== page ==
(About a 5-minute read.)
I first read about 'lagging indicators' from a new-year focused (2023) blog post from Ryan Holiday (author and Stoic thought leader - I created the activity, Obstacle Reflection using quotes from one of his books). A lagging indicator is an "output measurement" (according to a quick Google search). As Holiday puts it, "All success [or lack of it] is a lagging indicator." Lagging indicators give us vital data.
Specific to team building, what does success look like to you? What personal success do you consider? What contextual success do you measure? More often than not, I measure success in relation to the goals I set for myself. For example, one of my ongoing goals is to try a new activity (or a unique variation of an old favorite) during each program I facilitate. My lagging indicators (outcome measurements) show up in relation to how well I prepared for the new activity. I've found that the more time I spend thinking about and writing out the activity the better the outcomes - I've taken the time to prepare myself. I put in the work.
In Holiday's post, he says:
Nothing comes from nowhere. Not success. Not inspiration. Not the muses. Not writer's block. Everything is a lagging indicator of whether or not you did the work.
Using lagging indicators as data is important to our growth as team builders. It's why there is a lot of advice about taking time to reflect on your facilitation immediately after a program (intraspectively and/or with other facilitators). Here are a handful of after-program reflections:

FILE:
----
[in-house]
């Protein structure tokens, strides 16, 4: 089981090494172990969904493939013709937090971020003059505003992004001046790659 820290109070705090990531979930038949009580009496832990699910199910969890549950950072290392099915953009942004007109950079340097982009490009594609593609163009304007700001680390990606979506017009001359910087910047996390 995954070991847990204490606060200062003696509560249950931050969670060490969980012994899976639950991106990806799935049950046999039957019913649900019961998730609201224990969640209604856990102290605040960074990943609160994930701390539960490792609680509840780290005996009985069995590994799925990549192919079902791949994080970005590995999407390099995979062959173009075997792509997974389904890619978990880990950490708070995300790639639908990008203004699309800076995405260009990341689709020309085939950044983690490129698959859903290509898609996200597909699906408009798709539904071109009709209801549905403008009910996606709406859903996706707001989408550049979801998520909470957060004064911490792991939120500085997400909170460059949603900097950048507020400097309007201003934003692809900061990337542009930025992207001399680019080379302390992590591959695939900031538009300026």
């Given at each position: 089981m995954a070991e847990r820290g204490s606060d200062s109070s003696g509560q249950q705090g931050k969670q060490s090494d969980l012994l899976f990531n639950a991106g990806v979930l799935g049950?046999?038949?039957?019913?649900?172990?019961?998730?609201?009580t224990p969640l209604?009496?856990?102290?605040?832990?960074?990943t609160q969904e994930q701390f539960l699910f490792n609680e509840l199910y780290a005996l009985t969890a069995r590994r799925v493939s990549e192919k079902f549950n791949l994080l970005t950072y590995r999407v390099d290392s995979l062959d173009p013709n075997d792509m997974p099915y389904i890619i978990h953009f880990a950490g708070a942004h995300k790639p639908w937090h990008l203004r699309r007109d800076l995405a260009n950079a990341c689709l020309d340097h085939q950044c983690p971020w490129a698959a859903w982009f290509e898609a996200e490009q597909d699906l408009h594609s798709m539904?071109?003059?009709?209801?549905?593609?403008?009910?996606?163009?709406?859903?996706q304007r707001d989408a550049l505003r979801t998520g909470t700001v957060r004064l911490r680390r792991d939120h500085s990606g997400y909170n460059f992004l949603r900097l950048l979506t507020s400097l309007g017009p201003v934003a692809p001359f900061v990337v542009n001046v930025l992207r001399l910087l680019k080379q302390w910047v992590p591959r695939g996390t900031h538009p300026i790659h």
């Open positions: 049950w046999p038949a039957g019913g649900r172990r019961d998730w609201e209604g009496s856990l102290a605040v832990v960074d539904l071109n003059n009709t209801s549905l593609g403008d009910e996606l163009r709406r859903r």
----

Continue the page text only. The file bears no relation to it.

After-program reflection does not need to take a lot of time (unless you want it to). Use indicators to identify what's working - recognize and repeat. (Don't forget to celebrate the goodness!) Then determine what didn't work well (maybe just one thing) and make a plan to change it for next time.
In most cases, based on my experience, when I've planned well with purpose, programs go well. When I put in the work and create of program I believe will lead my groups' to their outcomes, I see more 'success.' (It's that old saying, "You get out of it what you put in.")
What are some of the lagging indicators you want to work on? How are your processing skills? How are you feeling about 'opening' programs? How are you at wrapping up or 'closing' a program? Do you know enough activities to plan for a wide range of diverse groups (if you want to work with a wide range)? How are your online team building facilitation skills? How much work needs to go into meeting your goals? Can you (will you) put in the time?
Lagging indicators will show you where to focus the work.
All the best,
Chris Cavert, Ed.D.
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Dr. Chris Cavert is an educator, author and trainer. His passion is helping team builders learn and grow.